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Original Article

Korean J Physiol Pharmacol 2024; 28(1): 11-19

Published online January 1, 2024

Copyright © Korean J Physiol Pharmacol.

Aurantio-obtusin exerts an anti-inflammatory effect on acute kidney injury by inhibiting NF-κB pathway

Haiyan Xiang*, Yun Zhang, Yan Wu, Yaling Xu, and Yuanhao Hong

Department of Nephrology, Wuhan Sixth Hospital, Affiliated Hospital of Jianghan University, Wuhan 430014, Hubei, China

Correspondence to:Haiyan Xiang

Author contributions: H.X. were the main designers of this study. H.X., Y.Z., Y.W., Y.X., and Y.H.performed the experiments and analyzed the data. H.X. drafted the manuscript. All authors read and approved the final manuscript.

Received: June 15, 2023; Revised: September 20, 2023; Accepted: October 4, 2023

This is an Open Access article distributed under the terms of the Creative Commons Attribution Non-Commercial License, which permits unrestricted non-commercial use, distribution, and reproduction in any medium, provided the original work is properly cited.

Acute kidney injury (AKI) is one of the major complications of sepsis. Aurantio-obtusin (AO) is an anthraquinone compound with antioxidant and anti-inflammatory activities. This study was developed to concentrate on the role and mechanism of AO in sepsis-induced AKI. Lipopolysaccharide (LPS)-stimulated human renal proximal tubular epithelial cells (HK-2) and BALB/c mice receiving cecal ligation and puncture (CLP) surgery were used to establish in vitro cell model and in vivo mouse model. HK-2 cell viability was measured using MTT assays. Histological alterations of mouse renal tissues were analyzed via hematoxylin and eosin staining. Renal function of mice was assessed by measuring the levels of serum creatinine (SCr) and blood urea nitrogen (BUN). The concentrations of pro-inflammatory cytokines in HK-2 cells and serum samples of mice were detected using corresponding ELISA kits. Protein levels of factors associated with nuclear factor kappa-B (NF-κB) pathway were measured in HK-2 cells and renal tissues by Western blotting. AO exerted no cytotoxic effect on HK-2 cells and AO dose-dependently rescued LPS-induced decrease in HK-2 cell viability. The concentrations of pro-inflammatory cytokines were increased in response to LPS or CLP treatment, and the alterations were reversed by AO treatment. For in vivo experiments, AO markedly ameliorated renal injury and reduced high levels of SCr and BUN in mice underwent CLP operation. In addition, AO administration inhibited the activation of NF-κB signaling pathway in vitro and in vivo. In conclusion, AO alleviates septic AKI by suppressing inflammatory responses through inhibiting the NF-κB pathway.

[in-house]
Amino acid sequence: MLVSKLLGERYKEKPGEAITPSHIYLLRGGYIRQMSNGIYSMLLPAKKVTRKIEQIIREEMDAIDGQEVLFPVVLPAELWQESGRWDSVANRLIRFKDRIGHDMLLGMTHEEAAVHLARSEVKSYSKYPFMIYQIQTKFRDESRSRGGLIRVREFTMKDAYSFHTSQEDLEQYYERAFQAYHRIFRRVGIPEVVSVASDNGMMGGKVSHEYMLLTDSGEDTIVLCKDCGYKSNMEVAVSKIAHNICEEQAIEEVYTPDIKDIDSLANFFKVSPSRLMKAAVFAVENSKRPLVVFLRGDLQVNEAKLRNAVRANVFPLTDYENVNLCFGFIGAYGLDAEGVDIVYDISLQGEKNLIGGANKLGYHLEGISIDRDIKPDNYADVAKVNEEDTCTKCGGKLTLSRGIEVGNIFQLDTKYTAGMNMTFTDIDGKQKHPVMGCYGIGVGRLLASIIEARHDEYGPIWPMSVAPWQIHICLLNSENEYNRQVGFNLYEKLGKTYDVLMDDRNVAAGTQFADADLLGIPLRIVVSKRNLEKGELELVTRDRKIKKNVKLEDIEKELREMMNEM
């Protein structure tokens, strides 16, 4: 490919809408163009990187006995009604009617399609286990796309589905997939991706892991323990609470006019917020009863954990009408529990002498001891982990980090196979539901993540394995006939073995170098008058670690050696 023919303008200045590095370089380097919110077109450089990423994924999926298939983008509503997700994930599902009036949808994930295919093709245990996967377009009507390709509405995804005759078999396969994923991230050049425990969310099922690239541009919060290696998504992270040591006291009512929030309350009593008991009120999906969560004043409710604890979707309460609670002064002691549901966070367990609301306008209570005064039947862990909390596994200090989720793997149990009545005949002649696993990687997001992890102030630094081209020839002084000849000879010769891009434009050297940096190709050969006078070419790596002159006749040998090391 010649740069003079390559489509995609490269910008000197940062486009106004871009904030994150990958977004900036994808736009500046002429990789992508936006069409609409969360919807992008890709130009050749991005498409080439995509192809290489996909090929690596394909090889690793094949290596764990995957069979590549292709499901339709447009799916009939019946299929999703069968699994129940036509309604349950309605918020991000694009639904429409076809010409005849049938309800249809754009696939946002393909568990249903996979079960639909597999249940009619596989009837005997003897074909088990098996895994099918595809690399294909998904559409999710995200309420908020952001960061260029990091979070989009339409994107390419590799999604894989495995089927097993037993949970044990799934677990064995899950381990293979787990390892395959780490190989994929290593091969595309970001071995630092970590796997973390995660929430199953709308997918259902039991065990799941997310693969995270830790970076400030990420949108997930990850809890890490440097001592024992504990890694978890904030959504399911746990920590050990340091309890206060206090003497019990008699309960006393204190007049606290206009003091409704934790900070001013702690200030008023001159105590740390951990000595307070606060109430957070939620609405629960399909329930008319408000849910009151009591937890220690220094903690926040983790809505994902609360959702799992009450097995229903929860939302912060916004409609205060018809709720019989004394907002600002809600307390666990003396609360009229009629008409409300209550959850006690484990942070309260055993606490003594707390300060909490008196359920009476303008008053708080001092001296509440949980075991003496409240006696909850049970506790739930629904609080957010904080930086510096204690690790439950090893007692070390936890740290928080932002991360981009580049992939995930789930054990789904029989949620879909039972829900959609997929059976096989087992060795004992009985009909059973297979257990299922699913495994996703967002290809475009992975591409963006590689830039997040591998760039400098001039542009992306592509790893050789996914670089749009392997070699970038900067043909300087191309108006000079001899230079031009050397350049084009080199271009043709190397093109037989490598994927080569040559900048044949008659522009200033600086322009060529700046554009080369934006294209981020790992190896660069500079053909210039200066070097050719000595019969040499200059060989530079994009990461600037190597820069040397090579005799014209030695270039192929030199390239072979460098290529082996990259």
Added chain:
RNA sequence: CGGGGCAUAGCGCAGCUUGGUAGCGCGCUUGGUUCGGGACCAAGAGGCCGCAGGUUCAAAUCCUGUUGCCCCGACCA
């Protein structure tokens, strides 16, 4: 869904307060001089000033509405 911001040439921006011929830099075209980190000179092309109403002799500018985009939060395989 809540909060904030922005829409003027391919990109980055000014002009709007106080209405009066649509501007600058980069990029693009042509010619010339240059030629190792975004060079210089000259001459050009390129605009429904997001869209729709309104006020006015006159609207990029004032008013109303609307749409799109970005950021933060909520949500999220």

Keywords: Acute kidney injury, Aurantio-obtusin, Inflammation, NF-kappa B

Acute kidney injury (AKI) is one of the most frequent complications of sepsis and septic shock and occurs in nearly 50% of septic patients [1]. It is a devastating syndrome characterized by abnormalities in renal structure and function [2]. Septic AKI is life-threatening for hospitalized patients and critically ill patients [3]. The clinical manifestations of AKI are the increased serum blood urea nitrogen (BUN) and serum creatinine (SCr) levels [4-6]. AKI is related to high risk of cardiovascular disorder, mortality, and progression to end stage renal disease [7-9]. The pathogenesis of septic AKI is not completely understood, and more therapeutic strategies for sepsis-induced AKI are required.

Substantial evidence validates that inflammatory response elicits a crucial role in the pathogenesis of septic AKI [1,10]. Many anti-inflammatory therapies have been reported to mitigate septic AKI [11-13]. Lipopolysaccharide (LPS) can mediate the activation of nuclear factor kappa-B (NF-κB) and contribute to the increased production of inflammatory cytokines [14,15]. Thus, LPS-stimulated human renal proximal tubular epithelial cells (HK-2) were used for exploration of inflammation in in vitro experiments.

Anthraquinone compounds have been validated to elicit essential roles in inflammation alleviation over the past century [16-18]. Aurantio-obtusin (AO) is an anthraquinone compound that can be isolated from the dried seeds of Cassia obtusifolia L. [19]. Emerging evidence demonstrates that AO possesses many biological properties, such as neuroprotective, anti-allergic, anti-genotoxic, anti-mutagenic, anti-hypertension, and anti-oxidative effects [20-23]. A previous study shows that AO decreases the production of pro-inflammatory cytokines including tumor necrosis factor (TNF)-α and interleukin (IL)-6 via inhibition of the NF-κB signaling pathway in RAW264.7 cells [19]. Oral administration of AO (10 and 100 mg/kg) ameliorates inflammatory responses in lung tissues of LPS-administered mice with acute lung injury [24]. A recent study has reported that anthraquinone compounds can treat chronic renal failure [25]; however, the role of AO in septic AKI has not been clarified yet.

In the present work, the in vitro and in vivo models of sepsis-related AKI were constructed to explore whether AO can mitigate inflammation in AKI and explore its potential mechanism. The study may extend our understanding of AO mechanisms in diseases and might provide solid pharmacological evidence for future clinical applications.